Overall, Canada received a 94.35% for the Institutional Measures assessment, 94.94% for Proactive Disclosure, and 73.08% for Reactive Disclosure. Canada’s overall final grade was 87.53%, the average of the above three assessment scores. All scores are colour coded using red (0-33%), yellow (34-66%), and green (67-100%). All Canada’s scores were in the green zone, which is a positive result.

Although Canada did well at implementing the ATI Act, CLD offered several recommendations to improve the country’s performance. First, efforts should be made to increase the consistency in response time to information requests and increase transparency in proactive disclosure, specifically in the areas of contracts and public procurement. Second, more precise guidelines should be published in relation to the processing and handling of requests. Finally, those authorities which are covered by the ATI Act but rely on a parent organization to handle RTI requests should explicitly redirect people to the parent organization.

Find CLD’s application of the FOIANet methodology featured as a case study in TAP’s 2021 update to the SDG16+ Civil Society Toolkit that will be published in early July 2021.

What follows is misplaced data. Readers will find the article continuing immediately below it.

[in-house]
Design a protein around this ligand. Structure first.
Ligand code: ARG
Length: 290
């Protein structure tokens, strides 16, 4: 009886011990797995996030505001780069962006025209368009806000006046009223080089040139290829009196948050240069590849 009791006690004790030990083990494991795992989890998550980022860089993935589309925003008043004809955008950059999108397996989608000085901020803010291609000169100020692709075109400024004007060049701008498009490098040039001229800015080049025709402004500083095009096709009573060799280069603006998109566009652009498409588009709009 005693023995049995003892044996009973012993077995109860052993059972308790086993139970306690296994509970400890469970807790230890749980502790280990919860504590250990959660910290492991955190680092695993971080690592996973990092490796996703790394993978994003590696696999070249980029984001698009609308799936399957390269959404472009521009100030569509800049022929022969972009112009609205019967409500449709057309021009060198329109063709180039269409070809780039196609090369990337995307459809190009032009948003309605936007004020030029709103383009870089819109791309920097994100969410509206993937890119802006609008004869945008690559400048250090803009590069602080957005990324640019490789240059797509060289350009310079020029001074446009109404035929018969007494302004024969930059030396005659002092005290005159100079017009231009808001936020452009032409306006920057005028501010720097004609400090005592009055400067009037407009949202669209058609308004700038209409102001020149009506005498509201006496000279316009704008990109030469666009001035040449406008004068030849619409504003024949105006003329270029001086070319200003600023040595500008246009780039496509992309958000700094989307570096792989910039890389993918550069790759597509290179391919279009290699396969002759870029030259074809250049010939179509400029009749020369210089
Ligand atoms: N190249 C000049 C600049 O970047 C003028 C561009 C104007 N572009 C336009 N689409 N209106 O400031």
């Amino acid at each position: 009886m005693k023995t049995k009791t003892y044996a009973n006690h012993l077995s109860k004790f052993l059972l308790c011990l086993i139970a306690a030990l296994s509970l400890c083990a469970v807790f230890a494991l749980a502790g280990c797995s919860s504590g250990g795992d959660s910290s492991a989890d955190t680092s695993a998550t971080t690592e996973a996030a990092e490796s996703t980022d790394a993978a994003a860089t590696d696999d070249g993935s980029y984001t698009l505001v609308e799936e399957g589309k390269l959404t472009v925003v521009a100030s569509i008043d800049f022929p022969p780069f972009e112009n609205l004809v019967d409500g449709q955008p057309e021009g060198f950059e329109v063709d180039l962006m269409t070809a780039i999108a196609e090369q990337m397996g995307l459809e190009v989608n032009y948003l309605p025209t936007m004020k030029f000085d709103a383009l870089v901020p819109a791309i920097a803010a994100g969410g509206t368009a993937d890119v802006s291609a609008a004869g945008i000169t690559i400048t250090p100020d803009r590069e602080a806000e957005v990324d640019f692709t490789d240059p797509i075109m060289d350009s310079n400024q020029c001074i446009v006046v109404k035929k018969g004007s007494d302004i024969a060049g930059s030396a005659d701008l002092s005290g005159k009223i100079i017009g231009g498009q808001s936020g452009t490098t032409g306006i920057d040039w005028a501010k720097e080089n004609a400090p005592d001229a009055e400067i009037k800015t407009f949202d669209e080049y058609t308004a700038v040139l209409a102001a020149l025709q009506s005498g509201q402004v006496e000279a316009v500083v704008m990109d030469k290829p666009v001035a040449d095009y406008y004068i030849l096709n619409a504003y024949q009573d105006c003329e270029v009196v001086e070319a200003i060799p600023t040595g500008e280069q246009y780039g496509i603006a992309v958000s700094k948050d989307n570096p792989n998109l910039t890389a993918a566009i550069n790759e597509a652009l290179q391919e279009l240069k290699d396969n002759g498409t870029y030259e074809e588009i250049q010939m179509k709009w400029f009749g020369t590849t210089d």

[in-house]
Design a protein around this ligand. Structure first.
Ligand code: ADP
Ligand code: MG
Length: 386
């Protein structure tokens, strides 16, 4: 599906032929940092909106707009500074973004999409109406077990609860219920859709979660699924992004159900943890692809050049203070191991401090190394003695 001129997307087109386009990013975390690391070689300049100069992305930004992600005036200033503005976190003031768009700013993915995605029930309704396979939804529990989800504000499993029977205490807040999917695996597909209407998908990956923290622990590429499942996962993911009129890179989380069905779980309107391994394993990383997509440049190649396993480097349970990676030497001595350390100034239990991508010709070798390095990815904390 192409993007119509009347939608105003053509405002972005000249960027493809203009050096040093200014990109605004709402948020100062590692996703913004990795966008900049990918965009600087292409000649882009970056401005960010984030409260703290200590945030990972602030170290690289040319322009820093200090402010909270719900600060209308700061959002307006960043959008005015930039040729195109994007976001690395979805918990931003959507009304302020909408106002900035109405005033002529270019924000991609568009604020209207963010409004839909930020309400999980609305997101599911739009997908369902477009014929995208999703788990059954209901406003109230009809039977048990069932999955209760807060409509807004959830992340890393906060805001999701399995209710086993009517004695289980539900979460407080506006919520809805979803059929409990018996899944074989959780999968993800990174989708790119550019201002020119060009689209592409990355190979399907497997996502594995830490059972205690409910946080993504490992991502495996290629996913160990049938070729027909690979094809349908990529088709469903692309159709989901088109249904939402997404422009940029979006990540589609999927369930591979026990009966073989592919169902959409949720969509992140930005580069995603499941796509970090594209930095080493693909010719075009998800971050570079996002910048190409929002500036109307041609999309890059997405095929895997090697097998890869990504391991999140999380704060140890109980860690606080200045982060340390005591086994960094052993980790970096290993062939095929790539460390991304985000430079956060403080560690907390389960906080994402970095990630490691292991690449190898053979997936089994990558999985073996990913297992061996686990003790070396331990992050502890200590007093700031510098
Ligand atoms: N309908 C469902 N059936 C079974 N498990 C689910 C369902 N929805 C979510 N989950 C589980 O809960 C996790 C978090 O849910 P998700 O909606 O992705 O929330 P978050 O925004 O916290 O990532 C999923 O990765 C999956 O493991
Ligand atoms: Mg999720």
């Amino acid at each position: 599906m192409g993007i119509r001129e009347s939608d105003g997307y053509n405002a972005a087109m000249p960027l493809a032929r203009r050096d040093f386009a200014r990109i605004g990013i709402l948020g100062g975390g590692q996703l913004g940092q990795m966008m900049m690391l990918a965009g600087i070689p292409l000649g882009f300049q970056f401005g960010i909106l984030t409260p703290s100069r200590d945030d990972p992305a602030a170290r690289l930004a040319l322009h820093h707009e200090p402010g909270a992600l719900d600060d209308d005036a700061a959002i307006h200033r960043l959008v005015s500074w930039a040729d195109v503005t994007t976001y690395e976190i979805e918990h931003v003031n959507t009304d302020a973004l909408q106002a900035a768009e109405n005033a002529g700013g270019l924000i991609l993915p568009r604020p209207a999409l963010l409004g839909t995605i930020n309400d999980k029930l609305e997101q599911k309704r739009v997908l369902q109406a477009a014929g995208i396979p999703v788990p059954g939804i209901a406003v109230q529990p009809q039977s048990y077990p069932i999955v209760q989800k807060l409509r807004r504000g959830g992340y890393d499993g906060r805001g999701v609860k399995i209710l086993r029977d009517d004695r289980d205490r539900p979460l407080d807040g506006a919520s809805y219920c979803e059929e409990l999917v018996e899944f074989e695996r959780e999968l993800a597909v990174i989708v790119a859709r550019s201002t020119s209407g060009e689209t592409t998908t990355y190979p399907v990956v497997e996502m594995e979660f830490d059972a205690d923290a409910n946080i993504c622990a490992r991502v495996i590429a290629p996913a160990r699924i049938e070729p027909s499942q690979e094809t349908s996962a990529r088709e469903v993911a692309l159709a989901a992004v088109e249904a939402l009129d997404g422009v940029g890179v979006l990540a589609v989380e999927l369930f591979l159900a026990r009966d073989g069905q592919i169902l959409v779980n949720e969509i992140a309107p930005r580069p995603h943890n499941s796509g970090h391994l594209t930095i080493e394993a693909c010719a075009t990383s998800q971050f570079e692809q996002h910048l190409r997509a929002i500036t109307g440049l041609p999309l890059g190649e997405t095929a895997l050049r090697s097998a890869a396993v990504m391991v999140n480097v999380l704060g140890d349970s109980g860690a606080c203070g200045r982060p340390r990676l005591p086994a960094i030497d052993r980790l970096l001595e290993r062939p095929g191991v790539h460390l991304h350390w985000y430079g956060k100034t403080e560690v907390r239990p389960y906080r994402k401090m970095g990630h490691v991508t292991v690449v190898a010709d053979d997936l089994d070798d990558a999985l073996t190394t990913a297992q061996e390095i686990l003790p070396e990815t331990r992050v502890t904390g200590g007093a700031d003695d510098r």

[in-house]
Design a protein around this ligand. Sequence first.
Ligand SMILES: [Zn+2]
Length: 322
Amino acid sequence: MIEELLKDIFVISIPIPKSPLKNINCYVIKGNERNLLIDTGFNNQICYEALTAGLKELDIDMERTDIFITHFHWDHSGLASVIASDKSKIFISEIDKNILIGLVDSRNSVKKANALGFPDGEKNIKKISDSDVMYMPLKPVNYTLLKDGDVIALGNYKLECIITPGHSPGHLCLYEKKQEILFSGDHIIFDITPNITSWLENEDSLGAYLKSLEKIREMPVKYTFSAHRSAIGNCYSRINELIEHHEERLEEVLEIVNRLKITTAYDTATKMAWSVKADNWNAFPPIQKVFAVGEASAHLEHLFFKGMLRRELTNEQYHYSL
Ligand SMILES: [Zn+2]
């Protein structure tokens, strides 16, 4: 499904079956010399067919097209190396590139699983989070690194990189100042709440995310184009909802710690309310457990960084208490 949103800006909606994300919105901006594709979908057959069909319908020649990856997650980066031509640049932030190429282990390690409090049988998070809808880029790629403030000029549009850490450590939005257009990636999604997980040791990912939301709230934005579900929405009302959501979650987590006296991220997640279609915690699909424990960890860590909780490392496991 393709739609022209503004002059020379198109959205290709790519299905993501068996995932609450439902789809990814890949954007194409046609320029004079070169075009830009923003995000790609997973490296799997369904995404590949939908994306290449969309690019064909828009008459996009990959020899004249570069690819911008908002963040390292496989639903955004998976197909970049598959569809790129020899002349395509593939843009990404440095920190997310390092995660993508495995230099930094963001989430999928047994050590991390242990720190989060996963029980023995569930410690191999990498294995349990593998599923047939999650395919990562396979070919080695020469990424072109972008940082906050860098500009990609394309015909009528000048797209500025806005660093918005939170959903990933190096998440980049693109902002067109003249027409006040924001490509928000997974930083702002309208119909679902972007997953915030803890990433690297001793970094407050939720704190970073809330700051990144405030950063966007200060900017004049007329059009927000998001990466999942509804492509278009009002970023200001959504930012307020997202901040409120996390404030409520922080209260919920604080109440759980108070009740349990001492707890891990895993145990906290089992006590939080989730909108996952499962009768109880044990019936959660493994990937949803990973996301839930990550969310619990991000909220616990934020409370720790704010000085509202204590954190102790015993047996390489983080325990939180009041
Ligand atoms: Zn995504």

About TAP Storytelling: In 2021, TAP Network is launching the TAP Storytelling Initiative, which will aim to closely and frequently highlight the work of our Network through working directly with them to produce quality online content about their endeavors. Together in this initiative, we will aim to intimately spotlight the work of our Members and Partners and the challenges, successes, failures, processes and problem solving that comes with it, while also offering the chance for wide promotion through TAP’s outreach channels. We hope that these opportunities will not only offer heightened visibility of the work of our Network, but will also inspire and educate more commitments to SDG16 and transparency and accountability for the 2030 Agenda as a whole. If you are interested in spearheading this work with us, head to our TAP Membership Engagement Portal where you can find the Storytelling Form to submit your interest.

Disclaimer: The views and opinions expressed on the TAP Network Blog Platform are those of the authors and do not necessarily reflect the official policy or position of the TAP Network. Any content provided by our bloggers or authors are of their opinion.